(T mixes language to elaborate the point) Nina maana
kuwa bidhaa zikipungua… we need time for preparation.
Time to ask for a new goods…(in the course of the lesson
he posed a question)
T: How can we do before to sell all goods in the store?
S: You must be care with that changes… and making time for
a preparation…
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Effects of using European
language LOI in Africa





It has resulted in 90% of intellectual production in
Africa being stored in FL forts, completely
inaccessible to the majority of African people;
Education has become an investment with little or
no returns for the continent – nurtured poverty;
It has fostered dependency on foreign financial
institutions, technology, ideas for development
models and educational materials;
It has alienated the elite from the general
population in Africa – almost irrelevant;
It has fuelled brain drain from Africa.
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Effects of using European
language LOI in Africa

It has denied generations of youths firm
understanding of issues and how they relate
to real life; and has resulted in:
– Poor planning and decision making,
– Lack of commitment to community service,
– Lack of independent thinking,
– Inability to think critically, creatively and
independently; to question, discuss and analyse
issues in a systematic manner.
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Confusing ELT with English as LOI

Most policy makers and parents seem to confuse
ELT with using English as the language of
instruction;
 Most of the reasons they give for using English as
LOI (see p. 6) are good reasons for teaching
English;
 One wonders whether these are genuine reasons
or there are covert reasons only known to
policymakers;
 There is need to raise awareness among policy
makers and parents in Africa.
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Lack of understanding on
language proficiency levels

Students are expected to learn all subject in
English, even when their proficiency level is very
low;
 Research findings for almost thirty years have
consistently shown that most secondary school
students in Tanzania learn by memorising due to
low level of proficiency in English, the official
LOI;
 Research findings elsewhere show that students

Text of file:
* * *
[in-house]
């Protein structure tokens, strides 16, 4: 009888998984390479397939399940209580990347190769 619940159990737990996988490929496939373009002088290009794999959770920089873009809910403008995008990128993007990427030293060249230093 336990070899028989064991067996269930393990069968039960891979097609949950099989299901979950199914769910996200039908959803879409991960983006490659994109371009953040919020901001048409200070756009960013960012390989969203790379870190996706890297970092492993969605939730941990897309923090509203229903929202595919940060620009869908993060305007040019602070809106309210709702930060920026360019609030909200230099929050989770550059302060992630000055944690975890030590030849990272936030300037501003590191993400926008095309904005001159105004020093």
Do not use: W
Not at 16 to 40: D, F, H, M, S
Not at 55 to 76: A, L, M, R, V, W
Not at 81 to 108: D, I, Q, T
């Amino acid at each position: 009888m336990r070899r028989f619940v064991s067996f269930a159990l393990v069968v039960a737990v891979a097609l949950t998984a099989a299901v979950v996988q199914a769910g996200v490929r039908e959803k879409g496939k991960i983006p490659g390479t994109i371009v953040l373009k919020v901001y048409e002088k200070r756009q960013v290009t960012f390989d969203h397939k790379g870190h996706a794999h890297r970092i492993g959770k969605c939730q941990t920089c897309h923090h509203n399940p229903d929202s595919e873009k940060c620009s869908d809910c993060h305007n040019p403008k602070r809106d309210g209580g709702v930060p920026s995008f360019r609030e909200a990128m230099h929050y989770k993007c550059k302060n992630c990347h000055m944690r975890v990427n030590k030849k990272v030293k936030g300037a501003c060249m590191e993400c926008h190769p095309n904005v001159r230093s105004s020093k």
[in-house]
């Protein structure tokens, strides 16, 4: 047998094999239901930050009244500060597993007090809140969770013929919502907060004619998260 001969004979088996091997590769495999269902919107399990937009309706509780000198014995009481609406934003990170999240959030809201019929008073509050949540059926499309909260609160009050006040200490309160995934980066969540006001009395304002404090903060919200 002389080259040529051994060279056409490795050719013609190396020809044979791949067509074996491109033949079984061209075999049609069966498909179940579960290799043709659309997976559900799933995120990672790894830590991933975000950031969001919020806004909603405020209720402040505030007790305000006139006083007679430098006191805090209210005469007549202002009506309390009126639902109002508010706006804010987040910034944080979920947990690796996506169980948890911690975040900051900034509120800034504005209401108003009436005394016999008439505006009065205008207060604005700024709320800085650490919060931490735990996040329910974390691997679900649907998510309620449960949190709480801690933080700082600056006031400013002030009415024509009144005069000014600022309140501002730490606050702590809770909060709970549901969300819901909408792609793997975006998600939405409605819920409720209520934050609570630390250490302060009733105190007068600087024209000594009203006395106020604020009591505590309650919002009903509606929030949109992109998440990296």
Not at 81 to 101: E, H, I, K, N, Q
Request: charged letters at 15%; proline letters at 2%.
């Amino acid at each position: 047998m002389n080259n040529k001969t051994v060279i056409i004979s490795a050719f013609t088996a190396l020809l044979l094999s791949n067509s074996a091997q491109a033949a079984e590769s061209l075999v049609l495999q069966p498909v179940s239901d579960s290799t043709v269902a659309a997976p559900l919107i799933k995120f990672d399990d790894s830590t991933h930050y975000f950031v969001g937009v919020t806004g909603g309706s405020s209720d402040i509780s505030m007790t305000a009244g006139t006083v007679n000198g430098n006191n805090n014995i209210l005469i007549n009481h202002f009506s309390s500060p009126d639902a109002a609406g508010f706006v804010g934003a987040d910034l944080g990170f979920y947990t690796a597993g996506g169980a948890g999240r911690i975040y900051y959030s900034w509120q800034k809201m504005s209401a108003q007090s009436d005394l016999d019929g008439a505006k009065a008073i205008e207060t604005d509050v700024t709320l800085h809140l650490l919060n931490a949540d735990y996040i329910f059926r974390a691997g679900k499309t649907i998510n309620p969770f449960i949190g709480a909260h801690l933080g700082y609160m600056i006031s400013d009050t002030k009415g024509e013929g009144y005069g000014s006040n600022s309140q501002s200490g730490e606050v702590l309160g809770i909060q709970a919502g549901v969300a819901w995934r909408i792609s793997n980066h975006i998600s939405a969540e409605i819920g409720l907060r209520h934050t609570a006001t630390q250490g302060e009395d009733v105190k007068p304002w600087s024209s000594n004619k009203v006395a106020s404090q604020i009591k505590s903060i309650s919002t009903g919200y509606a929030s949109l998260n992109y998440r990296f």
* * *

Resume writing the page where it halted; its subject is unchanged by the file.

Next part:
need to attain a certain level of proficiency before
they can use a language for academic purposes
(Cummins 2000).
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The impact of mother tongue
learning in Africa

A comparative study of learners’ writing skills in
Kiswahili/IsiXhosa and English (Brock-Utne and
Desai 2005:243-244) shows that:
– Students’ description in Kiswahili and IsiXhosa were
explicit and related clearly to the given pictures, while
the descriptions in English were largely
incomprehensible and often did not relate to the
pictures.
– The stories were much longer and clearer compared to
those written in English.
– The vocabulary in Kiswahili and IsiXhosa was rich and
varied, with proper sentence construction, no
grammatical, spelling and tense errors.
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The impact of mother tongue
education beyond Africa

Cummins (1979, 1981 and 2000) and Krashen
(1985) have shown that poor performance in the
language of instruction results in poor
performance, not only in subjects taught in that
language, but also in the language of instruction as
well.
 In other words, when students have a firm
understanding of their specialised subjects, when
taught in the first language (MT), that firm
understanding gives them a solid ground on which
to build a strong foundation for learning English,
or any other foreign language.
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The impact of mother tongue
learning beyond Africa

The strong foundation in MT that lead to higher
proficiency in a foreign language is what
Cummins has termed as the ‘interdependence
hypothesis’.
 The same hypothesis might explain why those
who started learning English in the fifth year of
schooling (before independence) were more
proficient in English than those in the current
system, who start in the first or third year of
schooling.
 Thus MT and BL go well with the learning of
foreign languages.
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Why MT and BL education have not
been implemented in Africa

Lack of understanding among parents and the
general public, on the critical importance of MT
and BL education;
– These exert pressure on governments to introduce
foreign languages early in schools,
– …

Stigmatization of African languages and cultures
during the colonial rule;
 It works in the interest of a few powerful countries
for political and economic reasons:
– MT education liberates the mind, thus people are not
easily manipulated,
– …
07/10/2015
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Why MT and BL education have not
been implemented in Africa

The use of an unfamiliar language in any
communication situation acts as a means of
control on the part of the leadership:
– At the national level it works in the interest of
the rulers,
– In schools it sometimes works in the interest of
school heads,
– In offices and industries???
–…
Thus the use of MT works contrary to that of
unfamiliar language;
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Conclusion

Examined the way MT and BL education have
been sidelined in Africa, e.g. Tanzania;
– It is ‘project’ carried out partly by Africans,
– It does not benefit the majority of people,
– It is used as a means of control (tongue tied);

MT and BL are possible, viable and sustainable in
Africa just as they are in Asia and Europe;
– It means hard work to develop materials,
– It means learning other languages,

NGOs, CSO, CBO, researchers and educators
have a critical role to play;
– Awareness raising and liberating minds on MT and BL.
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Tak!
Asanteni kwa usikivu wenu!
Thank you for your attention!
Shukran!